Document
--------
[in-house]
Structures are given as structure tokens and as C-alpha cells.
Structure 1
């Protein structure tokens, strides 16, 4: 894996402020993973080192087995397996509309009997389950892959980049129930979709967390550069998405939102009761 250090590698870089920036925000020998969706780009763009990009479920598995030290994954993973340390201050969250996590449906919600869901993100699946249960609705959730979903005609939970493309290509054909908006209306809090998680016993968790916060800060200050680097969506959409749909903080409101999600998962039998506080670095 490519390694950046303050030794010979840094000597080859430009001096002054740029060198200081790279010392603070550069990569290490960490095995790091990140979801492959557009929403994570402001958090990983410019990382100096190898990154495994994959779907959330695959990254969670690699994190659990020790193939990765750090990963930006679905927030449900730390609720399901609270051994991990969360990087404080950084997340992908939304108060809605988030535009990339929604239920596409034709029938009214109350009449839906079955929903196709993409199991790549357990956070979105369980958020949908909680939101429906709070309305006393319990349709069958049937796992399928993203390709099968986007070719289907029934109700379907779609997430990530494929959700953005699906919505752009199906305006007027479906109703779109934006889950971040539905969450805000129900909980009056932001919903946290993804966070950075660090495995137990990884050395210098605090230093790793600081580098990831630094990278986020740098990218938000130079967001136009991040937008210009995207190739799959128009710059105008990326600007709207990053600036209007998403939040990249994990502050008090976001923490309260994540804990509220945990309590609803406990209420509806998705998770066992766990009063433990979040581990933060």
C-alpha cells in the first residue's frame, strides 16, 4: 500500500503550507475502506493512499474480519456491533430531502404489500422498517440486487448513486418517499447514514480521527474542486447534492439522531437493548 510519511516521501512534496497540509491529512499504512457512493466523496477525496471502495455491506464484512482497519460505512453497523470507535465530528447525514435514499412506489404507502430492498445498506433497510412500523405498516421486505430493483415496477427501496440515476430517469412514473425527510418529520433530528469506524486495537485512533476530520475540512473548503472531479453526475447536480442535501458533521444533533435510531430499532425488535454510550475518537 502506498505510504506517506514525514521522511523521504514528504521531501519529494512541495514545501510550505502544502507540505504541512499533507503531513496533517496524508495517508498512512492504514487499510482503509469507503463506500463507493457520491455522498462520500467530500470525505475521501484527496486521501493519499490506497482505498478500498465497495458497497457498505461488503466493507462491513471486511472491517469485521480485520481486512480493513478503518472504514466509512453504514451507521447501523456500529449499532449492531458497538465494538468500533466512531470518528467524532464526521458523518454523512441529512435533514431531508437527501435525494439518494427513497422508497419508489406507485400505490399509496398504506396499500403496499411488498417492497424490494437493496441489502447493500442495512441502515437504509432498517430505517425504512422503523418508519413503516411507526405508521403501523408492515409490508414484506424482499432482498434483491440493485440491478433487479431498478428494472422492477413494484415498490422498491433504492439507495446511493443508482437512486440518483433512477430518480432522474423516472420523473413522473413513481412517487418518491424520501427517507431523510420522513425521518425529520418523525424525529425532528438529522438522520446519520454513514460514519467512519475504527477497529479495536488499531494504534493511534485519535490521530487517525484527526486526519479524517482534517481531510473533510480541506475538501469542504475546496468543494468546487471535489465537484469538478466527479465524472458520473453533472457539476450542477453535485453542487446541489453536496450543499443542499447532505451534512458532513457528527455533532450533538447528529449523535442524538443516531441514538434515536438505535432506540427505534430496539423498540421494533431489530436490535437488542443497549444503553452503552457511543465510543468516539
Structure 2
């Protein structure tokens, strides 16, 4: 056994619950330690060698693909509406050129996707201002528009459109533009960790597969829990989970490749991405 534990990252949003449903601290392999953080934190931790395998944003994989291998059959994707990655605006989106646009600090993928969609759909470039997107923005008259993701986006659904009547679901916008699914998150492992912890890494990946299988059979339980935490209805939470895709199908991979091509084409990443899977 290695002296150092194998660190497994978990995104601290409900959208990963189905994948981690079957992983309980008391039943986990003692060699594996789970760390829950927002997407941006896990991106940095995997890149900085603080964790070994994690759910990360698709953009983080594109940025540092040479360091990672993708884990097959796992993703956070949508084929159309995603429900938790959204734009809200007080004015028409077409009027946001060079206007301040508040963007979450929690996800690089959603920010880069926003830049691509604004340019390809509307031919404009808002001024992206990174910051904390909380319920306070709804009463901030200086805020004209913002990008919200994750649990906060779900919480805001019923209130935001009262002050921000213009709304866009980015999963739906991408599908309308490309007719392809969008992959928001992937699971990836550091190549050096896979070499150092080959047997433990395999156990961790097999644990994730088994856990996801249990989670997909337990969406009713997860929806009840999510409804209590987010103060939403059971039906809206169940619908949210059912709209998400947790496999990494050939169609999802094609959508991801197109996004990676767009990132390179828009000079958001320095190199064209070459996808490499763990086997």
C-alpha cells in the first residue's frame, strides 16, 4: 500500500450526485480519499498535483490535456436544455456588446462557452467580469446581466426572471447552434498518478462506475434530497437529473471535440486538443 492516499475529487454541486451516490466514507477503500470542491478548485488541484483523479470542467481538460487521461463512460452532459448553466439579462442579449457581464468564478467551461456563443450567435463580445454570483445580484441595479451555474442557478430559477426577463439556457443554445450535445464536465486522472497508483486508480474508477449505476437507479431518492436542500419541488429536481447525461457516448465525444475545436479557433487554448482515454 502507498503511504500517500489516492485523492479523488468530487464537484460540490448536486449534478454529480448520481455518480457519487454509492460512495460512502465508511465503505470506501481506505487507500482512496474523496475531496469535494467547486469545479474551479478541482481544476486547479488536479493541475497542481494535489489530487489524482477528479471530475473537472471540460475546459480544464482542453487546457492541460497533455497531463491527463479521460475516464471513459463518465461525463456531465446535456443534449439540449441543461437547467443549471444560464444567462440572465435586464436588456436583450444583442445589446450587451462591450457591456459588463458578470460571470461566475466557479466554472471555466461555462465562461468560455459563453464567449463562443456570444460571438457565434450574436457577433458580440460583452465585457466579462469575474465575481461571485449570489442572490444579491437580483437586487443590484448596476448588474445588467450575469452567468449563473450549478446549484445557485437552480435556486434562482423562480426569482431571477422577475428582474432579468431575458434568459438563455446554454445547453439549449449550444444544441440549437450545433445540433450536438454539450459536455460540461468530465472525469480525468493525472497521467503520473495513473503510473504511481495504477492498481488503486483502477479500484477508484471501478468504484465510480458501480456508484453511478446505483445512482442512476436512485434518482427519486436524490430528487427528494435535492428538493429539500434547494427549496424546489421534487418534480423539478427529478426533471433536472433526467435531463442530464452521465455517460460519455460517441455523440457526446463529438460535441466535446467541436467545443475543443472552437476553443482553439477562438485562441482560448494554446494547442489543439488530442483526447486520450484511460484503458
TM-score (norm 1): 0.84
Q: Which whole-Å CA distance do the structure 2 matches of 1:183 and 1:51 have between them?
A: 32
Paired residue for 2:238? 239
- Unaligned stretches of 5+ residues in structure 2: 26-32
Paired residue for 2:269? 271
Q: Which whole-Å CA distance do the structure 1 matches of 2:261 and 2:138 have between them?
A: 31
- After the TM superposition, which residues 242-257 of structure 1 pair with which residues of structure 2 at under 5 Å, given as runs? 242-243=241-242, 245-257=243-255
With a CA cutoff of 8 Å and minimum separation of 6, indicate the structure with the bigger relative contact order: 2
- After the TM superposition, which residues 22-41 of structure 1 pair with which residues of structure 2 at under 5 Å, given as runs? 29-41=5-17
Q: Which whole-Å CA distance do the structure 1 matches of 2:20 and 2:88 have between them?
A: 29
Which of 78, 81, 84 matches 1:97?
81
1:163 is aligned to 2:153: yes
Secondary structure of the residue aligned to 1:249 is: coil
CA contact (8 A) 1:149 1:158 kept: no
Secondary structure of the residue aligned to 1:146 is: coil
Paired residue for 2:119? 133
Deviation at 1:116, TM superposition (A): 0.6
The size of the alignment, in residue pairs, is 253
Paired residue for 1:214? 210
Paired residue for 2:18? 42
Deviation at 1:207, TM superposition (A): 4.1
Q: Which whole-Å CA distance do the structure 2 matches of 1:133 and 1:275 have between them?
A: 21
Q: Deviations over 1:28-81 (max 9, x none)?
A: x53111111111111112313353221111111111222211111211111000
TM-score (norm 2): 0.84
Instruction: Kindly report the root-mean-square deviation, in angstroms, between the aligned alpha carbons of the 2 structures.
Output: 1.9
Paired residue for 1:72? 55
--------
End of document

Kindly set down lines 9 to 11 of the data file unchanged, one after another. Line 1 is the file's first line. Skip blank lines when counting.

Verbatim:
TM-score (norm 1): 0.84
Q: Which whole-Å CA distance do the structure 2 matches of 1:183 and 1:51 have between them?
A: 32